Listening to these solo piano works which are, incidentally, first recordings, one encounters music with plenty of appeal. His desire was to write music that emanated from the heart, so there’s lavish lyricism and profuse melodic generosity.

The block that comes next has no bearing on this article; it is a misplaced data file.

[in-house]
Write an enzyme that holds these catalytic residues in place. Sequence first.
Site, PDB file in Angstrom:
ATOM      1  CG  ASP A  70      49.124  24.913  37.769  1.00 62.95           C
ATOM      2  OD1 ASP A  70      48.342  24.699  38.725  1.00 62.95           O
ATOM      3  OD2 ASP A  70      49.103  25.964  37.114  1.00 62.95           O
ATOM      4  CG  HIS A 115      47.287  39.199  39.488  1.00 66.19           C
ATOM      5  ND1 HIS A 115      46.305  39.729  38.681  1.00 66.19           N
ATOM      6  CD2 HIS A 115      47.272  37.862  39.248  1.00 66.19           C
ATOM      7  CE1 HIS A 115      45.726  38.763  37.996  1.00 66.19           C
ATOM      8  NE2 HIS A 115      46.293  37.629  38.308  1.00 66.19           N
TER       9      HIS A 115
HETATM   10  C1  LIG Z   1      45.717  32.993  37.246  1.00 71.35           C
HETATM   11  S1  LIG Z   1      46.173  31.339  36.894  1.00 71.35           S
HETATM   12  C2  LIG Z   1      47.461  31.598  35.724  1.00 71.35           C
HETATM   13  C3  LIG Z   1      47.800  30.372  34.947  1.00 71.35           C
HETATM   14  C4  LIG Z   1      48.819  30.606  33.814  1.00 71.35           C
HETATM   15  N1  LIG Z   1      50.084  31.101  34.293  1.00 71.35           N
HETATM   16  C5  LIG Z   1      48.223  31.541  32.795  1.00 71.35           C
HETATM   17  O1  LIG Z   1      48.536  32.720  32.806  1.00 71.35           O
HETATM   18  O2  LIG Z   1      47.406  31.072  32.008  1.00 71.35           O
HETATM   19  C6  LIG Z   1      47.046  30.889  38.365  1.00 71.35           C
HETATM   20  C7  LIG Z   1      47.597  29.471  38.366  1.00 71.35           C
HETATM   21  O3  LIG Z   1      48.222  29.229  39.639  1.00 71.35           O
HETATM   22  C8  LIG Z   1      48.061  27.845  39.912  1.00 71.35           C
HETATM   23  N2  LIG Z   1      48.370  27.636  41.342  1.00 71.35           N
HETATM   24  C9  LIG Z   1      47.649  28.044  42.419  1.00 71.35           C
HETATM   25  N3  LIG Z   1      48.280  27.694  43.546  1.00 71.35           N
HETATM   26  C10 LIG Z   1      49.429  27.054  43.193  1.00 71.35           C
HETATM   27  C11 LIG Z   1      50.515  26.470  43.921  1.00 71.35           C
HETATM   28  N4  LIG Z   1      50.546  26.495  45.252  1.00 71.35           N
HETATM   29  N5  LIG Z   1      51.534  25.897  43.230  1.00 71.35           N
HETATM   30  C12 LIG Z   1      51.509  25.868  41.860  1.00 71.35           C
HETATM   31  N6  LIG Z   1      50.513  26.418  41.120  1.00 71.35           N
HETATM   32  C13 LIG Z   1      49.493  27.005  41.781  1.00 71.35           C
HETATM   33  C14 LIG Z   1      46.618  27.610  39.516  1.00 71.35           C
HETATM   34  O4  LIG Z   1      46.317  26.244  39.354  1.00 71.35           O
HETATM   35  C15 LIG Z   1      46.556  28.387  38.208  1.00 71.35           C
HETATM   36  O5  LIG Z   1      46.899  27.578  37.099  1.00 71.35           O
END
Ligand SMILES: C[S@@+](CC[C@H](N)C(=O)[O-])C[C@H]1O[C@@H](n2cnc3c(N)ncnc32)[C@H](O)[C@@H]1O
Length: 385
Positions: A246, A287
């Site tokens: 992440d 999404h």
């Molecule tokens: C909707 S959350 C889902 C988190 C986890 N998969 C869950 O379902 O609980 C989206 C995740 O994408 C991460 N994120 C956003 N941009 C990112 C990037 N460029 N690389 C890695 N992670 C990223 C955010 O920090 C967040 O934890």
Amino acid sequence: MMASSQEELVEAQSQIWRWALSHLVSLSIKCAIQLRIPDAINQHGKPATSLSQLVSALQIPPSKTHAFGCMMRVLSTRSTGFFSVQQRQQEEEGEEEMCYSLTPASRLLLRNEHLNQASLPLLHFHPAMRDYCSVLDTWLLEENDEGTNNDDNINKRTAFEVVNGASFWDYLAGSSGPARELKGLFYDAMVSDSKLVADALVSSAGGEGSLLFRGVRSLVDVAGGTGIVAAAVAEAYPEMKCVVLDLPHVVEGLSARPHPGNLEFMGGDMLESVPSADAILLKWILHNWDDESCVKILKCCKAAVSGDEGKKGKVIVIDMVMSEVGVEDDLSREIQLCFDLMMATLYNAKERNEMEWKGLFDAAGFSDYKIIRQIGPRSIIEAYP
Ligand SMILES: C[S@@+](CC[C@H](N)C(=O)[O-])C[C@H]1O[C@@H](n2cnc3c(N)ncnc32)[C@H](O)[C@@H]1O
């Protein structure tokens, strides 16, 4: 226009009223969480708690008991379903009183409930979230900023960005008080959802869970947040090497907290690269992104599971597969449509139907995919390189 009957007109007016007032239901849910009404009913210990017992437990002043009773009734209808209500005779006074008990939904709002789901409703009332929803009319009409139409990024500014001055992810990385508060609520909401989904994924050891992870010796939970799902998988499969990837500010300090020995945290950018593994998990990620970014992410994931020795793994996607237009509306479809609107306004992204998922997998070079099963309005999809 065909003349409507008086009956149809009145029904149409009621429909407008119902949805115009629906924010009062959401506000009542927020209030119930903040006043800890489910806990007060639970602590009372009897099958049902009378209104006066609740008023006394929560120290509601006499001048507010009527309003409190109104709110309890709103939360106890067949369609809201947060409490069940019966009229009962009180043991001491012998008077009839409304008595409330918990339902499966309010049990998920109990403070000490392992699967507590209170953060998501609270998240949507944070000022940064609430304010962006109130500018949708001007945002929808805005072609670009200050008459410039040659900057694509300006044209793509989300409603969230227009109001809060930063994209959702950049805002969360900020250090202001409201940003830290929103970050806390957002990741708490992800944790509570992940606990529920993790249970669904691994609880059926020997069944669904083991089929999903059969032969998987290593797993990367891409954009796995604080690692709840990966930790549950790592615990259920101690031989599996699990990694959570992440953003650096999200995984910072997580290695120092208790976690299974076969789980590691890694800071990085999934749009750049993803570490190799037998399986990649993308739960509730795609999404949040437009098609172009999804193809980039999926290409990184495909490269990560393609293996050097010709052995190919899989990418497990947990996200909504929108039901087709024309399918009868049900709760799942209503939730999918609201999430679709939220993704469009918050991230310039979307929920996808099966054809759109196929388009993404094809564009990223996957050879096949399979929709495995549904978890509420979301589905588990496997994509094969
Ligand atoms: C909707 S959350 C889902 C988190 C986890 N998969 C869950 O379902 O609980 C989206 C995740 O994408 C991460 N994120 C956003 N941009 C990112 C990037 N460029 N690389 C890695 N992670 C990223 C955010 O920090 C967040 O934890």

Capulet opens with Paysages, three short pieces dating from 1930 and premiered a year later by Jean Doyen one of its dedicatees. The first piece Marine evokes the soaring of seagulls, borne on gusts of wind. Clairière savours the teeming life of the woodland glade. Birdsong, enveloped in luminous hues are sewn into the fabric of the third piece Forêt, pointing the way to Messiaen’s Catalogue d’oiseaux which was to come some decades later. Three dances follow. Fantoches (1931) opens a window onto a prankish world of mischievous puppets. Minuet dates from 1924 when the composer was still a student. My personal favorite is Tarentelle (1936), in which Tomasi hearkens back to “the soul of Corsica” in its jaunty “leaps and bounds” rhythms. In 1929 Tomasi composed two sets of Pièces Brèves, each consisting of three short pieces. Et s'il revenait un jour from the first set is particularly delightful. Capulet achieves a rich panoply of brightly colourful sonorities. Espiègleries similarly requires a contrasting palette to depict its mischief and whimsy. Fast forward to 1964 and we have the last piece Tomasi wrote for solo piano Danseuses de Degas. Capulet describes it as “a drunken waltz-like rhythm……..teetering on the edge of collapse”.